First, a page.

On last year’s top ten list, I predicted that Proxima Nova would fall out of style for 2014. I couldn’t have been more wrong. This typeface continues to be a staple on the web. I think due to its ubiquity it’s starting to feel almost anonymous, like Helvetica, where it can be used for any type of design and fit right in.

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4) Apercu

Apercu was #2 on last year’s list and I predicted it would start to feel a little played out in 2014 due to it being used absolutely everywhere. Of course “played out” is entirely subjective, but I feel like this prediction rings true. It could easily have reached #1 on this list, however, I personally started to not feature sites using it as they all seemed to be carbon copies of each other. If you use Apercu, will users of your site think the font is overused? Probably not, so don’t let its popularity stop you from using it. But to someone who looks at type all day long it no longer feels fresh and exciting.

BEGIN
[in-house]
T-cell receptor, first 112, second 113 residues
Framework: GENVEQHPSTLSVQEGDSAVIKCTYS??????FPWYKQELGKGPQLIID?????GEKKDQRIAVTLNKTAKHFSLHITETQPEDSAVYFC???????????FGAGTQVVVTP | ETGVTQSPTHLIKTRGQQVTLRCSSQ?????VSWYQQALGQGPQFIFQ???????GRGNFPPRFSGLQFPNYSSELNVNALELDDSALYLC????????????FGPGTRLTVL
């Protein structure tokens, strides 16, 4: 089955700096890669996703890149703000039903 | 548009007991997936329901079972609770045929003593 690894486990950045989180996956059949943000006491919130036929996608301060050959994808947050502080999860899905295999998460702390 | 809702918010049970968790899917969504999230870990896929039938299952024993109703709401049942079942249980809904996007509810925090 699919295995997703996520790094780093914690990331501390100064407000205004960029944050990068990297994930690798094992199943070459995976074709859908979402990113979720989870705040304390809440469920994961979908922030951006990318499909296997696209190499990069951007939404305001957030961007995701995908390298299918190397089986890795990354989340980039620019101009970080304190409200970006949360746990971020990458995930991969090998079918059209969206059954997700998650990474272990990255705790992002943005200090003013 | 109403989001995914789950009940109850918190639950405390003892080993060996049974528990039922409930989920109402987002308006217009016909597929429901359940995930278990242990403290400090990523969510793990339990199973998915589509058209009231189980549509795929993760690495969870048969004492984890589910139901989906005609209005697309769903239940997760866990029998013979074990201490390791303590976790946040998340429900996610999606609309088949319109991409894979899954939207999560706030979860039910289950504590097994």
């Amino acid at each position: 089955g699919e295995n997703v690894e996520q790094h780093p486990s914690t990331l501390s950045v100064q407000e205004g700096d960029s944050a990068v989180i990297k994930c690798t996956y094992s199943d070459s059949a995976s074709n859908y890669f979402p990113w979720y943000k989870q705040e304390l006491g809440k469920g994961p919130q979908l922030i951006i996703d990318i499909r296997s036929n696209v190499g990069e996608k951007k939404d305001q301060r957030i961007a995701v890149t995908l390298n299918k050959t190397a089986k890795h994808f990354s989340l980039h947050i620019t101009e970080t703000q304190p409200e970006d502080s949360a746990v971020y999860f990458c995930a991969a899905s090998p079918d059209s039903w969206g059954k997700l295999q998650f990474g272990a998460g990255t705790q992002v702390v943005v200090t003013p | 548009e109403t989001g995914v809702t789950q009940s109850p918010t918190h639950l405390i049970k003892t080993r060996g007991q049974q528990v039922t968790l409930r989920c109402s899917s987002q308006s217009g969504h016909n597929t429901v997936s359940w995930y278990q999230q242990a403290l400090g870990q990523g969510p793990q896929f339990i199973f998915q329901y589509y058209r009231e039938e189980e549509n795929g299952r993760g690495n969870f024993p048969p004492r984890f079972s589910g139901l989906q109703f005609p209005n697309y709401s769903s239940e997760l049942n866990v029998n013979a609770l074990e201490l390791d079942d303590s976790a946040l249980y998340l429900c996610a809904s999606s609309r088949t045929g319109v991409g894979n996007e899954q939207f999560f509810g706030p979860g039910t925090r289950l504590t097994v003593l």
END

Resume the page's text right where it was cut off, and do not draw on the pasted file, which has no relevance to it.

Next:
3) Avenir

Adrian Frutiger considered Avenir his best work and this typeface has other admirers as well – I published a survey in April of last year where I asked 41 influential designers to list their three favorite typefaces and Avenir was mentioned the most. It doesn’t feel “trendy” like some other typefaces on this list can tend to feel; it instead has a timeless quality that I believe will make it popular for years to come.



2) Futura

Speaking of timeless typefaces, Futura has seen widespread usage since it was released in 1927 and it continues to be popular on the web. Although it has a classic look, it’s not the most readable of typefaces due to its low x-height. It may be worth checking out some alternatives to Futura if you are in need of something more flexible.


1) Brandon Grotesque